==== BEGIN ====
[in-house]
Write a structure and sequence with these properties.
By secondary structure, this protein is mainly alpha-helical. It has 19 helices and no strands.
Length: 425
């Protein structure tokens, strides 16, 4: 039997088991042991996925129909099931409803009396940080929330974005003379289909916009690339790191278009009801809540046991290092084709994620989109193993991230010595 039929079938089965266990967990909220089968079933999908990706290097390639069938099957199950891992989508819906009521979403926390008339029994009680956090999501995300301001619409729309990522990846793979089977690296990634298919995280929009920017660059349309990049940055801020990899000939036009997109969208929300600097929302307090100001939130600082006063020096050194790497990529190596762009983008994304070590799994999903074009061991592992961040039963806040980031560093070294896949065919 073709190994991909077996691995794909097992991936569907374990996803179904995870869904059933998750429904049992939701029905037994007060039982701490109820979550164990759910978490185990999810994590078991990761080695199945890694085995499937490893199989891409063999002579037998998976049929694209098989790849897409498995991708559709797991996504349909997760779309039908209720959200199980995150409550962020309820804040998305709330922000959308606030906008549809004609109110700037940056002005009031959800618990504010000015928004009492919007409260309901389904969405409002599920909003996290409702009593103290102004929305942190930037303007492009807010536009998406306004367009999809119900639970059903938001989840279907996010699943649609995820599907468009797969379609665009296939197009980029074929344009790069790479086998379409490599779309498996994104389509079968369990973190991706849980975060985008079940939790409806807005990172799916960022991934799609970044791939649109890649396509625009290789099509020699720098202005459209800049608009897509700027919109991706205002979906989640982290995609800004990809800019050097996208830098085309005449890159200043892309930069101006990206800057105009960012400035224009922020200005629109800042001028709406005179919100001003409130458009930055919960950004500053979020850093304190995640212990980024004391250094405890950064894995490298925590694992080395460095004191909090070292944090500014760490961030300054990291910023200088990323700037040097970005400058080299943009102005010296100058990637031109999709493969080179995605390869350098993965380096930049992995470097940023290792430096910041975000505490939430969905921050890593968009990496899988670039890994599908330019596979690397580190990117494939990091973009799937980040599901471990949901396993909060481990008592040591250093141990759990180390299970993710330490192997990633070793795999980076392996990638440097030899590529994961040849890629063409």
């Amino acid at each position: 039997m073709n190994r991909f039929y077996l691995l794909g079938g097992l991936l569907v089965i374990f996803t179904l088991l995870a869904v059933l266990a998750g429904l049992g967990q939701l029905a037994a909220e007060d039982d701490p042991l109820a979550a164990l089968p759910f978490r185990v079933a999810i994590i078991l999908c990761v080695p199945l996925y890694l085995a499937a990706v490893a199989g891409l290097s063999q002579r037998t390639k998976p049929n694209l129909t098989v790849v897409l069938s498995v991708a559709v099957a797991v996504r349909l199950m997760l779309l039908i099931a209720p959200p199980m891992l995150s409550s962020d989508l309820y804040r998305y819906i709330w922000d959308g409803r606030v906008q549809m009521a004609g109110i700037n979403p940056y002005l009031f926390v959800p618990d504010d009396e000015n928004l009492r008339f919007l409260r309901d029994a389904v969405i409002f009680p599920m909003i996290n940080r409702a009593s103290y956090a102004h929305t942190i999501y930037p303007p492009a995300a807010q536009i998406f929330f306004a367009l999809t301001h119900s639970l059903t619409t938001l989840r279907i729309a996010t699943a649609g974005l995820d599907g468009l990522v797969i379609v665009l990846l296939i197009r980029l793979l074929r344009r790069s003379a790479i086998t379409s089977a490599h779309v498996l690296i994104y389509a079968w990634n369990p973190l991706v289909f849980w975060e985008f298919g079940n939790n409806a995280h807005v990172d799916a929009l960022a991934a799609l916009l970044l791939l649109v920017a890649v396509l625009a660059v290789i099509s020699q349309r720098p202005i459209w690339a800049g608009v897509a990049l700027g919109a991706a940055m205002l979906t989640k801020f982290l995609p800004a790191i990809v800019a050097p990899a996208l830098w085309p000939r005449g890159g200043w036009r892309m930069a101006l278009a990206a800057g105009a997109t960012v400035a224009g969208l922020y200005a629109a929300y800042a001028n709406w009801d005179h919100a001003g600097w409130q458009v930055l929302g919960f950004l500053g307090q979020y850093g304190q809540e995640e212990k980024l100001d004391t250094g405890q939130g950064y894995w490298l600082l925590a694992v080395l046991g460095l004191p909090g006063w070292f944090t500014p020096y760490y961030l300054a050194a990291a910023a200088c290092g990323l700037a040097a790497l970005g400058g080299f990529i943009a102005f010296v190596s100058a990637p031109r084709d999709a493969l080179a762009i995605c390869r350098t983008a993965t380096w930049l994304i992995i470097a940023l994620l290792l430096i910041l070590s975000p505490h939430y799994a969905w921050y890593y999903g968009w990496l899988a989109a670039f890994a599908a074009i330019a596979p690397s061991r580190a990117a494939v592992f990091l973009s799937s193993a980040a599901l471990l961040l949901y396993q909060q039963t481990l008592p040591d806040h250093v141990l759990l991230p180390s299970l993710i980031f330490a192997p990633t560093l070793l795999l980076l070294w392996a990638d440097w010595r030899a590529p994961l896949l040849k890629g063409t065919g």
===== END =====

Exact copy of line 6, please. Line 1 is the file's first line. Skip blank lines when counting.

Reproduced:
């Amino acid at each position: 039997m073709n190994r991909f039929y077996l691995l794909g079938g097992l991936l569907v089965i374990f996803t179904l088991l995870a869904v059933l266990a998750g429904l049992g967990q939701l029905a037994a909220e007060d039982d701490p042991l109820a979550a164990l089968p759910f978490r185990v079933a999810i994590i078991l999908c990761v080695p199945l996925y890694l085995a499937a990706v490893a199989g891409l290097s063999q002579r037998t390639k998976p049929n694209l129909t098989v790849v897409l069938s498995v991708a559709v099957a797991v996504r349909l199950m997760l779309l039908i099931a209720p959200p199980m891992l995150s409550s962020d989508l309820y804040r998305y819906i709330w922000d959308g409803r606030v906008q549809m009521a004609g109110i700037n979403p940056y002005l009031f926390v959800p618990d504010d009396e000015n928004l009492r008339f919007l409260r309901d029994a389904v969405i409002f009680p599920m909003i996290n940080r409702a009593s103290y956090a102004h929305t942190i999501y930037p303007p492009a995300a807010q536009i998406f929330f306004a367009l999809t301001h119900s639970l059903t619409t938001l989840r279907i729309a996010t699943a649609g974005l995820d599907g468009l990522v797969i379609v665009l990846l296939i197009r980029l793979l074929r344009r790069s003379a790479i086998t379409s089977a490599h779309v498996l690296i994104y389509a079968w990634n369990p973190l991706v289909f849980w975060e985008f298919g079940n939790n409806a995280h807005v990172d799916a929009l960022a991934a799609l916009l970044l791939l649109v920017a890649v396509l625009a660059v290789i099509s020699q349309r720098p202005i459209w690339a800049g608009v897509a990049l700027g919109a991706a940055m205002l979906t989640k801020f982290l995609p800004a790191i990809v800019a050097p990899a996208l830098w085309p000939r005449g890159g200043w036009r892309m930069a101006l278009a990206a800057g105009a997109t960012v400035a224009g969208l922020y200005a629109a929300y800042a001028n709406w009801d005179h919100a001003g600097w409130q458009v930055l929302g919960f950004l500053g307090q979020y850093g304190q809540e995640e212990k980024l100001d004391t250094g405890q939130g950064y894995w490298l600082l925590a694992v080395l046991g460095l004191p909090g006063w070292f944090t500014p020096y760490y961030l300054a050194a990291a910023a200088c290092g990323l700037a040097a790497l970005g400058g080299f990529i943009a102005f010296v190596s100058a990637p031109r084709d999709a493969l080179a762009i995605c390869r350098t983008a993965t380096w930049l994304i992995i470097a940023l994620l290792l430096i910041l070590s975000p505490h939430y799994a969905w921050y890593y999903g968009w990496l899988a989109a670039f890994a599908a074009i330019a596979p690397s061991r580190a990117a494939v592992f990091l973009s799937s193993a980040a599901l471990l961040l949901y396993q909060q039963t481990l008592p040591d806040h250093v141990l759990l991230p180390s299970l993710i980031f330490a192997p990633t560093l070793l795999l980076l070294w392996a990638d440097w010595r030899a590529p994961l896949l040849k890629g063409t065919g």